What is the main reason rural people prefer to live and stay in urban cities more than villages? In South Asia, Pakistan has the highest urbanisation rate, 36.4 in 2017 which was 32.5 in 1988. The rate is growing slowly. It might be a trouble for people and the government in the future.

The public, either villagers or citizens all want to taste the facilities of the modern world. The advancement and modernization in every institution bring facilities that are loved by everyone. But due to lack of facilities and less education in villages, the public love to settle in the cities. Such actions make cities more congested and polluted.

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Urbanisation is not a new story in Pakistan. In 1947, the year of Partition, masses of Indian Muslims (estimates range from 6 million to 8 million) crossed the new border. Many of these refugees settled in urban areas in the eastern Pakistani provinces of Sindh and Punjab.

Additional migratory flows occurred in 1965 and 1971, when wars between Pakistan and India resulted in more Indian Muslims streaming into Pakistani cities (certainly these wars also sparked outflows of Pakistani Hindus into urban India).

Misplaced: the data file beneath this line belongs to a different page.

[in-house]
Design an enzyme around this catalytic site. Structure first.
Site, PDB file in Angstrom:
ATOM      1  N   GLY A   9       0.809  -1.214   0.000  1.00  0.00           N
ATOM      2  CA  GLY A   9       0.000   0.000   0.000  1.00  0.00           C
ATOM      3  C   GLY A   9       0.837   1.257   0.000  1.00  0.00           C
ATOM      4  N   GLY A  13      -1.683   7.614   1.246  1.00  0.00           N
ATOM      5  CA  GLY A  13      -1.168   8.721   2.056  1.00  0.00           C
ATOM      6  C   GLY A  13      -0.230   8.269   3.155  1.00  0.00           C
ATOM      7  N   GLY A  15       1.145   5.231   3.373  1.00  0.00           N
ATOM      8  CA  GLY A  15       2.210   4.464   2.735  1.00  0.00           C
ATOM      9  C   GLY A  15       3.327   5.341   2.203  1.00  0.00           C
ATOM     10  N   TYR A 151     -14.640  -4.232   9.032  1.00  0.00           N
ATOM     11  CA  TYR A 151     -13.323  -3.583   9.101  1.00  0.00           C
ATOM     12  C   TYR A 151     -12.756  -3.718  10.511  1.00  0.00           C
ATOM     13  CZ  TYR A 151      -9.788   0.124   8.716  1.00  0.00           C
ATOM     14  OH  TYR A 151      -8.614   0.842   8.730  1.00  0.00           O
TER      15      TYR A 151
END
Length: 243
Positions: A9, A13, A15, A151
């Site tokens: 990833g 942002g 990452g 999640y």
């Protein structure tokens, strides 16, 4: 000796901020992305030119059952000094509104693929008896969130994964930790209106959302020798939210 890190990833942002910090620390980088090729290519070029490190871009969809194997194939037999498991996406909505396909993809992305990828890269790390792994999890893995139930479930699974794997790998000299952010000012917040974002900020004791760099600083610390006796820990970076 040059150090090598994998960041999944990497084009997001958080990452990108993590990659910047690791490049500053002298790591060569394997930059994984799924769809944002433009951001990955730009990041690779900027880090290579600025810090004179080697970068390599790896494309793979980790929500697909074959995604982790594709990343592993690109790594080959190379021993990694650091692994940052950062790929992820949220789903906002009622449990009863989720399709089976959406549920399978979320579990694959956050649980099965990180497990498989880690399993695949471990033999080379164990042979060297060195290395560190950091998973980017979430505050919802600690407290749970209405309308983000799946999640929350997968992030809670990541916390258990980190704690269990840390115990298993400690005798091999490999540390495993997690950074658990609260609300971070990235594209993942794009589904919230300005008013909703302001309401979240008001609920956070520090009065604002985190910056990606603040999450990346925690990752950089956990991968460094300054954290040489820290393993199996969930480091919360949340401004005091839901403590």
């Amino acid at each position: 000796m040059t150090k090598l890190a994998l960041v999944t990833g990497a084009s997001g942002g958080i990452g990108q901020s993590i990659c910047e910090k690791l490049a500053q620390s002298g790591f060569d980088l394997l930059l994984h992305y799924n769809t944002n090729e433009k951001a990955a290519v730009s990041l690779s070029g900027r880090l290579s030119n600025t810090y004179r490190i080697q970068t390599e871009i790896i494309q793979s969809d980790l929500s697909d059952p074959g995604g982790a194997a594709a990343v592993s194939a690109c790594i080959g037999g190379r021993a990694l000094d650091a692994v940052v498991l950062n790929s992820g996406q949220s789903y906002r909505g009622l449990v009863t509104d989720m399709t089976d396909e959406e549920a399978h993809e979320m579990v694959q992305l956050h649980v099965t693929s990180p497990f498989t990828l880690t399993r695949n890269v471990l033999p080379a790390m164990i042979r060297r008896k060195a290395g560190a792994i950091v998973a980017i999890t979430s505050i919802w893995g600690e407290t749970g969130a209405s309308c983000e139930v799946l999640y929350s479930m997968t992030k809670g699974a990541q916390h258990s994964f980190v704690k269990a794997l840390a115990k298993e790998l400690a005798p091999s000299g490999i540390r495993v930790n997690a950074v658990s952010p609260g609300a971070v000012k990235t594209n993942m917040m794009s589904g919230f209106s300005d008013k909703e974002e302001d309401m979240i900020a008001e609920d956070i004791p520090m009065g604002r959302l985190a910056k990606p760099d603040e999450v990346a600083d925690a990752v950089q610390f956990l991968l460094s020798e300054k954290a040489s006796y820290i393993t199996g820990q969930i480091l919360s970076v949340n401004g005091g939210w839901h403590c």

These new arrivals were mostly Urdu-speaking ethnic Mohajirs, who would later launch the Muttahida Qaumi Movement (MQM), a political party that has dominated the southern metropolis of Karachi (in Sindh province) for decades.

In the 1990s, the anti-Soviet insurgency in Afghanistan spawned a new exodus into urban Pakistan. Scores of Afghans, most of them ethnic Pashtuns, crossed the Durand Line into north-western Pakistan; as early as 1992, nearly 4 million had arrived. Initially they resided in border refugee camps, but because of economic struggles in these rural areas – the Pakistani government forbade Afghans to cultivate land –many ventured to the western Pakistani cities of Peshawar and Quetta.

Today, urbanisation continues to be fuelled by war, insecurity, and economic necessity. Pakistani military offensives in the rural north-west have induced many people to flee to cities. While most are civilians, militants – including the Pakistani Taliban – are on the move as well. According to some reports, 8,000 Taliban fighters now operate in Karachi.


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